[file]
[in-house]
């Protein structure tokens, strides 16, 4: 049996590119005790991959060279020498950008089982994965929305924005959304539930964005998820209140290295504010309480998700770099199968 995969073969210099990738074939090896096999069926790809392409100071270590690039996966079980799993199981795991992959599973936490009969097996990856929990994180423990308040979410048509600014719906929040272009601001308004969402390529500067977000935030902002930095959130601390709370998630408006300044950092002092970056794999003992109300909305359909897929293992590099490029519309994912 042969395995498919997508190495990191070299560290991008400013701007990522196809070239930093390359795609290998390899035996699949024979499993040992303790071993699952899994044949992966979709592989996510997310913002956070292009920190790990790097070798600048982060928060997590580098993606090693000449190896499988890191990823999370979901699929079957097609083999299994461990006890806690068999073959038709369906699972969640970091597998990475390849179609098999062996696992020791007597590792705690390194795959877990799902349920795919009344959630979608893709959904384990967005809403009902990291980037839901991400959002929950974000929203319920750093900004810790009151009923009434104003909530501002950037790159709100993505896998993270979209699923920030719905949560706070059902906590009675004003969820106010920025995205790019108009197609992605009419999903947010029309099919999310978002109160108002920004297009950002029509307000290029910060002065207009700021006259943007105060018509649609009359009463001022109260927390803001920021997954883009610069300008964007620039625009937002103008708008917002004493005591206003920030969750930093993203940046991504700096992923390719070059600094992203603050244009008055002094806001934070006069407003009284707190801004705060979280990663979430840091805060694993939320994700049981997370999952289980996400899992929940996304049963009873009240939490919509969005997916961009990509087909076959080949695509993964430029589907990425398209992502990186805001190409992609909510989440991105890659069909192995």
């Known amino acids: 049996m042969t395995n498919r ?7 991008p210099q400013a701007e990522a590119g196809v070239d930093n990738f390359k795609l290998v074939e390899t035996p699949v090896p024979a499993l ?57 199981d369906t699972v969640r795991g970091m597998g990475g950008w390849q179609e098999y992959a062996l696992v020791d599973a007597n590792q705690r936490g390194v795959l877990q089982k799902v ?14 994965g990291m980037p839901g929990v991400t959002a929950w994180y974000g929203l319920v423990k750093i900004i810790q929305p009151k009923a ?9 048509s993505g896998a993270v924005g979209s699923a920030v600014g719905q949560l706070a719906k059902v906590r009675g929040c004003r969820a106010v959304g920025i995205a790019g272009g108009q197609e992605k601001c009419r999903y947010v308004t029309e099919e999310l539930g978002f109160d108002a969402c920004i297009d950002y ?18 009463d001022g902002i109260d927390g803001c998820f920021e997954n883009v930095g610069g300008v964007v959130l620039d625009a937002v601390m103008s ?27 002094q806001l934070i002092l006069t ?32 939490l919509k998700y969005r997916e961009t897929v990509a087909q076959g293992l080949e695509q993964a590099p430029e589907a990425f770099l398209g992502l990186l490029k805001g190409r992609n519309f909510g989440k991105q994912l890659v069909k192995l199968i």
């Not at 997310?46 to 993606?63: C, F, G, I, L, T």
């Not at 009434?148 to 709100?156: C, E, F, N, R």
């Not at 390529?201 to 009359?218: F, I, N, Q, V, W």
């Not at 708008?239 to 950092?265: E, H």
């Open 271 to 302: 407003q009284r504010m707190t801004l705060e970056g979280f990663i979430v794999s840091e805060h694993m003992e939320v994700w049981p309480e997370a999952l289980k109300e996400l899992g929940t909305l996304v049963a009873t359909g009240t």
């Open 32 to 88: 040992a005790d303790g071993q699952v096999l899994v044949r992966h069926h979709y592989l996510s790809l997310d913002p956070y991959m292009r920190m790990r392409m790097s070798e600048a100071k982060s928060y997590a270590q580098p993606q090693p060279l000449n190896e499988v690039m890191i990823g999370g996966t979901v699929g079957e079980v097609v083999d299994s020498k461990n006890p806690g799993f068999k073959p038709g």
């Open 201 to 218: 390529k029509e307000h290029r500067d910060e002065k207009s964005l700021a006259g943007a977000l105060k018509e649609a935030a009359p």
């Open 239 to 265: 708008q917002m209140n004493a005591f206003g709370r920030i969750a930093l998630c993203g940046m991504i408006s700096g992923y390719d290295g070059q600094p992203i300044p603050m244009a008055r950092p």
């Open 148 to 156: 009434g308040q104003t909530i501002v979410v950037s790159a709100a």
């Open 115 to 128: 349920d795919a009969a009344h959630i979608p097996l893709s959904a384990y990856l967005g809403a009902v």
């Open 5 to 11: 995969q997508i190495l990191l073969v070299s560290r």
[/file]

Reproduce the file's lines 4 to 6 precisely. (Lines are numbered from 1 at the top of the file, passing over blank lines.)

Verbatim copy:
């Not at 997310?46 to 993606?63: C, F, G, I, L, T």
């Not at 009434?148 to 709100?156: C, E, F, N, R």
């Not at 390529?201 to 009359?218: F, I, N, Q, V, W």